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NPR

Shutdown Voting Math Fails To Add Up

Several media tallies report there are enough votes to pass a "clean" spending bill. But vote counts by media organizations aren't the most reliable way to gauge the prospects of legislation.
NPR

Raids Project Presidential Power Amid Shutdown's Gridlock

The special forces operations against terrorism targets in Libya and Somalia over the weekend came at a time when President Obama badly needed something to go his way. It's a reminder that counterterrorism is the unusual arena where Obama can decide on a course of action — and execute it.
NPR

Even Antarctica Feels Effects Of The Government Shutdown

Scientists who study the remote, rugged continent at the bottom of the world are on edge as funding for research there remains in jeopardy. It hasn't been decided yet if Antarctic operations for the research season will be allowed to continue.
NPR

Undocumented Immigrants In Calif. Will Benefit From New Laws

The federal government remains shut down over a budget stalemate, but California's Gov. Jerry Brown decided not to wait for Congress to make decisions on the Gordian knot that is U.S. immigration policy.
NPR

In A Debt Crisis, U.S. May Have To Decide Payment Priorities

If Congress doesn't raise the debt ceiling, the U.S. Treasury will be unable to pay creditors and the U.S. will be in default. Some argue Treasury could continue making "priority payments" designed to protect the nation's credit rating. Others say that could undermine the confidence in the U.S. to meet its obligations.
NPR

GOP Governors Chart Different Paths On Shutdown

The federal government shutdown has given governors across the country an opportunity to take part in one of their favorite pastimes: scolding Washington.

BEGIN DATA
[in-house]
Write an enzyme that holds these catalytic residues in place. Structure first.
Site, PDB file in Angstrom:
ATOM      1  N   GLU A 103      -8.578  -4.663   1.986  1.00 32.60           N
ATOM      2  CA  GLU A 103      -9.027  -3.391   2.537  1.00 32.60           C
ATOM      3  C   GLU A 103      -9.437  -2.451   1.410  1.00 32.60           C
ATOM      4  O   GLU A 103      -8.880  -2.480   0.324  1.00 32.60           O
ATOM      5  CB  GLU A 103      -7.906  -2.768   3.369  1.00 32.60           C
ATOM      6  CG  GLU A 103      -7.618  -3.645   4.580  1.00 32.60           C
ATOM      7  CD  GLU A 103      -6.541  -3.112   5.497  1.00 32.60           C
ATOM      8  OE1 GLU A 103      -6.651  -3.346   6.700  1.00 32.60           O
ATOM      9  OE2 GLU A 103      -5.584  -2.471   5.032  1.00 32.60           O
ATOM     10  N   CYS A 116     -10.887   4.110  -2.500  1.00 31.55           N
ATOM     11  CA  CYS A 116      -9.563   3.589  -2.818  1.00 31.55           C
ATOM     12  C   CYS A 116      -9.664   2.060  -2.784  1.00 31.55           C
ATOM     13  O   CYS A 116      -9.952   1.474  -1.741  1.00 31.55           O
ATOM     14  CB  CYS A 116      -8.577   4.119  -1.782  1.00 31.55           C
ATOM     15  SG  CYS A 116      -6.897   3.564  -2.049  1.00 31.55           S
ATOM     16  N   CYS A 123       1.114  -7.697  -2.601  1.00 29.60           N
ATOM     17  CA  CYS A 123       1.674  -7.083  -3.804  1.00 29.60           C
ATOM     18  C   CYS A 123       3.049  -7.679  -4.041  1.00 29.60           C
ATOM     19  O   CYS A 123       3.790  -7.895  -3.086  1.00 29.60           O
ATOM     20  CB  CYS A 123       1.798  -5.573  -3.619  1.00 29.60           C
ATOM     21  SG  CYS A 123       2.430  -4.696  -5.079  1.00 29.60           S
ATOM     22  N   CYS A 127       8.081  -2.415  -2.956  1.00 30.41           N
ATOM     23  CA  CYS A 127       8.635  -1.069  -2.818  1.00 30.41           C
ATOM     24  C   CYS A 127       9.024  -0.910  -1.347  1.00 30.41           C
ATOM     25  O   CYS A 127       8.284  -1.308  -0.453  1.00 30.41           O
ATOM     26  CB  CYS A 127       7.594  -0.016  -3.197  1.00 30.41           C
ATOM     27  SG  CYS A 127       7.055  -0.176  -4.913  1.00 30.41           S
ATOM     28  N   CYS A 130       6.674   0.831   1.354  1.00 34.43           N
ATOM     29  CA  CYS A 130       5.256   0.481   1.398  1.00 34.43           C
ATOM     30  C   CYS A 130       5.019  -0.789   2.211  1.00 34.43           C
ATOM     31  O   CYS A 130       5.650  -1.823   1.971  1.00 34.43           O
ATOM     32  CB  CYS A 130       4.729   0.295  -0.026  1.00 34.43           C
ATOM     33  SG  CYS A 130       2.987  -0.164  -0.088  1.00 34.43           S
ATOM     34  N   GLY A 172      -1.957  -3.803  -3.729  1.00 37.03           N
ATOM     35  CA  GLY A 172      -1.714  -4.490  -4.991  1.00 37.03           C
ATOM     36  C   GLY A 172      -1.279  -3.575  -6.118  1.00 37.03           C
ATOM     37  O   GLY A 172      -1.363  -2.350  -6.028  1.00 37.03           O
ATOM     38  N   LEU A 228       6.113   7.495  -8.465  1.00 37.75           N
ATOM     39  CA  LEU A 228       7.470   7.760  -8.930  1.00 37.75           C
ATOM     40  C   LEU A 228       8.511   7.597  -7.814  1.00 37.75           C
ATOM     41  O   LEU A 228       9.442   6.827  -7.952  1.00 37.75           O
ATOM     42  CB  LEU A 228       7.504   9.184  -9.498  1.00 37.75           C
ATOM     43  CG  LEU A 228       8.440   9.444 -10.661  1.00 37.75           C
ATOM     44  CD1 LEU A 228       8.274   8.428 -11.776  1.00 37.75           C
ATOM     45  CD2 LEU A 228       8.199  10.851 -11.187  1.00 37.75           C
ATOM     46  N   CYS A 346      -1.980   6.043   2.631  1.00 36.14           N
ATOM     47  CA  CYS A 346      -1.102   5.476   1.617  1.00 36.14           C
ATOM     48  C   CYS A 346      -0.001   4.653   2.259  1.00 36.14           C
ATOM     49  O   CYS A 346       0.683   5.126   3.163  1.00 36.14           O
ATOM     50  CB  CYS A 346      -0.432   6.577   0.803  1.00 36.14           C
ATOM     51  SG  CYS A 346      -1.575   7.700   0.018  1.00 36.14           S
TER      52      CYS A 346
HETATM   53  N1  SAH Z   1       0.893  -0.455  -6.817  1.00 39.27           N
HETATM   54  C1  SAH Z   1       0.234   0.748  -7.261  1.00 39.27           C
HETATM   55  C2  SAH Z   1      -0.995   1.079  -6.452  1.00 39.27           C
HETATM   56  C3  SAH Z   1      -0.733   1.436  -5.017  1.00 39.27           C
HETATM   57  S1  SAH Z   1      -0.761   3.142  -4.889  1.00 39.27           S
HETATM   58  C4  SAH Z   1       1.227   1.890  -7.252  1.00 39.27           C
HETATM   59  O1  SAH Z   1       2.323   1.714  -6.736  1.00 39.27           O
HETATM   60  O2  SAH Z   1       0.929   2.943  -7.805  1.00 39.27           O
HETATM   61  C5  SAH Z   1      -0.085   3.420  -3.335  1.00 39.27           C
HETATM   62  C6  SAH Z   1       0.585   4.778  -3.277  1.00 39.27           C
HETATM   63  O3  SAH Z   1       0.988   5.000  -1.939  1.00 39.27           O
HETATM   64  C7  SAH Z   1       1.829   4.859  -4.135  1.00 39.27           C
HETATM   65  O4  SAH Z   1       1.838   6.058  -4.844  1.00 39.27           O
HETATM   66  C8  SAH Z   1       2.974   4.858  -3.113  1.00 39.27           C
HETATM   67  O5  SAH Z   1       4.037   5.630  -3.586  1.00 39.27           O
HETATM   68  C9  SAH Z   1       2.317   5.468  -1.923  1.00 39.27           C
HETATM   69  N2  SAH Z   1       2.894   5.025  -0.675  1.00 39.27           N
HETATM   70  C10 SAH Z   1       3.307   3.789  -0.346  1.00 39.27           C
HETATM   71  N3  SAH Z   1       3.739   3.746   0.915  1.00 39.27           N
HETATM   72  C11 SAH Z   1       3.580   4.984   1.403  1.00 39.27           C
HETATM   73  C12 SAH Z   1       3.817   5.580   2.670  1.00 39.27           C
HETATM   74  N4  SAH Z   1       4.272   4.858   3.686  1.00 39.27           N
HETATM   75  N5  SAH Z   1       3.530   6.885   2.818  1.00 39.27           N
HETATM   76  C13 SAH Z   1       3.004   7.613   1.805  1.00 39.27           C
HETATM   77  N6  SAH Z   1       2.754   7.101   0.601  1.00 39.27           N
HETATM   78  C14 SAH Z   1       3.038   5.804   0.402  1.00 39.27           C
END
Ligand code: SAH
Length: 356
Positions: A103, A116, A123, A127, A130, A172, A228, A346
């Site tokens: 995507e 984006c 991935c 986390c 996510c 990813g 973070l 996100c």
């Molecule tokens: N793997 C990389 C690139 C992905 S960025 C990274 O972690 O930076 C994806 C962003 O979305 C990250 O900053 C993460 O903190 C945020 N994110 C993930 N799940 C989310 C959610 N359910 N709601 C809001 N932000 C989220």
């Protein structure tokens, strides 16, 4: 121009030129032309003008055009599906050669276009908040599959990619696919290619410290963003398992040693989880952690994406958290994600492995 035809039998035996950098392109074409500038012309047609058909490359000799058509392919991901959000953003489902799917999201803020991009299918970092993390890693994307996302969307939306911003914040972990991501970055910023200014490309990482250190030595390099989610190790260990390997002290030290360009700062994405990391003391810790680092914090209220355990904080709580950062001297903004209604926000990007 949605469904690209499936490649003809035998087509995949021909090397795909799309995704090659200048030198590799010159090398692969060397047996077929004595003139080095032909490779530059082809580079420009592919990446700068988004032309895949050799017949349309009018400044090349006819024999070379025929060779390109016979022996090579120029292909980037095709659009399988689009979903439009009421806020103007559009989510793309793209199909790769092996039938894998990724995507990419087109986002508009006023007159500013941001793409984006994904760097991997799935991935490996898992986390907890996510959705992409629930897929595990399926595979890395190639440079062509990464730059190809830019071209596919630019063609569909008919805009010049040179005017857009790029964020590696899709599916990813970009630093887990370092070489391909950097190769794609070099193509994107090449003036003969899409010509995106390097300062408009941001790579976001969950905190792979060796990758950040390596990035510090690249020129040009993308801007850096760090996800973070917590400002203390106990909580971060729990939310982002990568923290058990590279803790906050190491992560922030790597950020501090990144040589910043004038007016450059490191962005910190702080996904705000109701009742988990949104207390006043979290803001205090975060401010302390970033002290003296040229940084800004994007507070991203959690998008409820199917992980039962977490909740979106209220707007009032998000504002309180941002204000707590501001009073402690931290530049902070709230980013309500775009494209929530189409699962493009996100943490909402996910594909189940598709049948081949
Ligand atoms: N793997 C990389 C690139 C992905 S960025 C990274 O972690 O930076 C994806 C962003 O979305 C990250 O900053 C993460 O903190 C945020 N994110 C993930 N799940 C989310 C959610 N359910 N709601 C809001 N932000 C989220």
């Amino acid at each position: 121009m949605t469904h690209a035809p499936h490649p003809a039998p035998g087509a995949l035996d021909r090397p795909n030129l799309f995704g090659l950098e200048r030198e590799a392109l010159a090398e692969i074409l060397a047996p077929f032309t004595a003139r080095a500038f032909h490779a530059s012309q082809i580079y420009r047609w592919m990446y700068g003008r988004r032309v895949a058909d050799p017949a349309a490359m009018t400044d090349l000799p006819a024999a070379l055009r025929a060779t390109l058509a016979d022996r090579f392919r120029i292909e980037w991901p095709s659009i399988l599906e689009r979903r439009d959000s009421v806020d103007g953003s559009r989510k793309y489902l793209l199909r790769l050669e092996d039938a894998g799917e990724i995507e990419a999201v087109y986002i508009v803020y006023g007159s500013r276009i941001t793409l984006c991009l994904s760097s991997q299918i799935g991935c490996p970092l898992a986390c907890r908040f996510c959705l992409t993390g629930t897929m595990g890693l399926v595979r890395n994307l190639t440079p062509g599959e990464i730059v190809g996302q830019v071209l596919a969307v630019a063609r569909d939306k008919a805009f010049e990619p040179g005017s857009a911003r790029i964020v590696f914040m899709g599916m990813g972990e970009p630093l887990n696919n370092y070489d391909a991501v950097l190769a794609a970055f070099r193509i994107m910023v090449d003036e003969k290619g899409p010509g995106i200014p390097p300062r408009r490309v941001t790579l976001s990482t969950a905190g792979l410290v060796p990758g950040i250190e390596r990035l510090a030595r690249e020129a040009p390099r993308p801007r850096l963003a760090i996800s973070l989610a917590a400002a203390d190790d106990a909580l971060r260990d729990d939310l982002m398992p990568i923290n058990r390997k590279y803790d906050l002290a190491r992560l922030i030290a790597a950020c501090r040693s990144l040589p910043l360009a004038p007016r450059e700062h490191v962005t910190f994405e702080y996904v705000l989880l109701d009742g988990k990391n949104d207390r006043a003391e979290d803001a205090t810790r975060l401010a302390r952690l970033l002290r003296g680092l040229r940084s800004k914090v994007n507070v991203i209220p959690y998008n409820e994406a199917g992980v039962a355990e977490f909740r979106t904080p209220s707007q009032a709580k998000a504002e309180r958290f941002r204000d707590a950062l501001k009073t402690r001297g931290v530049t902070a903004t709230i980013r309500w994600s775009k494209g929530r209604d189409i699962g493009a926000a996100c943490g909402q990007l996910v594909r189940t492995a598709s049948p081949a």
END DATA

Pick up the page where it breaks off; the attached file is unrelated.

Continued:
NPR

Raids In Somalia, Libya Spur Legal Questions

Daring weekend raids by U.S. armed forces to capture suspected terrorists in Somalia and Libya are generating a hearty debate among national security lawyers who are raising questions about what authority U.S. forces have to enter foreign soil and how long the al-Qaida operative who was captured can be held without trial.
NPR

Shutdown Shutters Already-Clogged Immigration Court

Robert Siegel talks with immigration lawyer Andres Benach about how the government shutdown has affected his clients. Benach has had several clients miss court hearings that may take a year to reschedule, given the backlog of cases the immigration courts face.
NPR

California Won't Wait For Congress On Immigration Reform

California Gov. Jerry Brown has singed a bill that limits cooperation with federal authorities that want immigration holds on undocumented people arrested for minor infractions. The San Francisco Board of Supervisors has a more extensive proposal to ban virtually all cooperation with the feds. On immigration issues, California appears to be headed in the opposite direction of states like Arizona.
NPR

Deepwater Horizon Trial Enters Second Phase

The second phase of the BP oil spill trial is under way in New Orleans. Last week, the court heard arguments about how BP responded to the Deepwater Horizon accident in 2010. The judge will now hear testimony about how much oil spilled into the Gulf of Mexico. BP and the federal government have differing numbers and at stake are billions of dollars in potential fines under the Clean Water Act.

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